Seychelles has maintained its top ranking for the sub-Saharan African region in the Transparency International Corruption Perceptions Index (CPI) released on Tuesday.
The island nation retained the position for the 5th consecutive year and 23rd ranking globally attained in 2022 with 70 points once again.
Denmark outperformed Finland and took first place with 90 points. Finland and New Zealand are second and third with 87 points each.
The CPI report rates the perception of corruption in the public sector using a scale of 0 to 100, where 0 is highly corrupt and 100 is clean. Seychelles stayed in 23rd place globally like in 2021 with a score of 70 points. The island state again outperformed major Western democracies like the United States, which did better than last year and climbed to 24th position with a score of 69 points.
The commissioner of the Anti-Corruption Commission of Seychelles, (ACCS), May De Silva, said in a press statement that this is good news for the islands.
"We are therefore delighted that this positive action and our tireless efforts to root out corruption by our committed staff and the supportive public has been recognised and that we are able to maintain our global position as the 23rd least corrupt country in the world and remain the least corrupt country in Africa," said de Silva.
She said that "in this reporting period we have made more arrests for corruption related offences, charged more suspects, and submitted more cases to the AG's office for consideration of charges than ever before. With this increase in reporting and anti-corruption activity, we expected to be perceived as a more corrupt country than this time last year because we have lifted the stone."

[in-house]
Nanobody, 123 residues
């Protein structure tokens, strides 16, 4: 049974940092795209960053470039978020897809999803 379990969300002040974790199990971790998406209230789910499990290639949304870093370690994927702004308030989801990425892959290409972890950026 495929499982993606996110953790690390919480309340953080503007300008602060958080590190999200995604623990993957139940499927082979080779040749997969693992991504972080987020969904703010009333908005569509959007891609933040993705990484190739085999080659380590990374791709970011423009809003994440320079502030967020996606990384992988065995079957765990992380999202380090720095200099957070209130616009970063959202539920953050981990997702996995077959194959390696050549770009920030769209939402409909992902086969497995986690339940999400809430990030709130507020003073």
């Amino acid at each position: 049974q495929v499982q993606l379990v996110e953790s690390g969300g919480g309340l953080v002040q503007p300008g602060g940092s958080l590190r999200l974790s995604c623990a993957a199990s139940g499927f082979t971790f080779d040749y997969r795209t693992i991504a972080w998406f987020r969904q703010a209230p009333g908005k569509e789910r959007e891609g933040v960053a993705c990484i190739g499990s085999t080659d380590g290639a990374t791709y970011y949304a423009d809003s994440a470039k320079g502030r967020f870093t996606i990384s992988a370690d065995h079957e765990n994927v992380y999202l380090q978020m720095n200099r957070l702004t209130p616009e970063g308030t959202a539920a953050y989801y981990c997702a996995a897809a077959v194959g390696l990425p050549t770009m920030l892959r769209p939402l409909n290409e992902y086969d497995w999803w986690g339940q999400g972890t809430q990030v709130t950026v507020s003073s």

The ACCS commissioner added that "we look forward to hosting the Commonwealth Africa Anti-Corruption Heads annual meeting in May this year. We in the ACCS are not, and will never be, complacent in the fight against corruption in Seychelles and we are focused on continuing to work to eradicate this crime to make our society fairer for all our citizens."
Meanwhile, the ACCS currently has two cases before the Supreme Court of Seychelles, namely the 'missing $50 million' case, where foreign aid was removed from a government account in 2002, and the mismanagement of loans at the Seychelles Business Finance Agency (SBFA).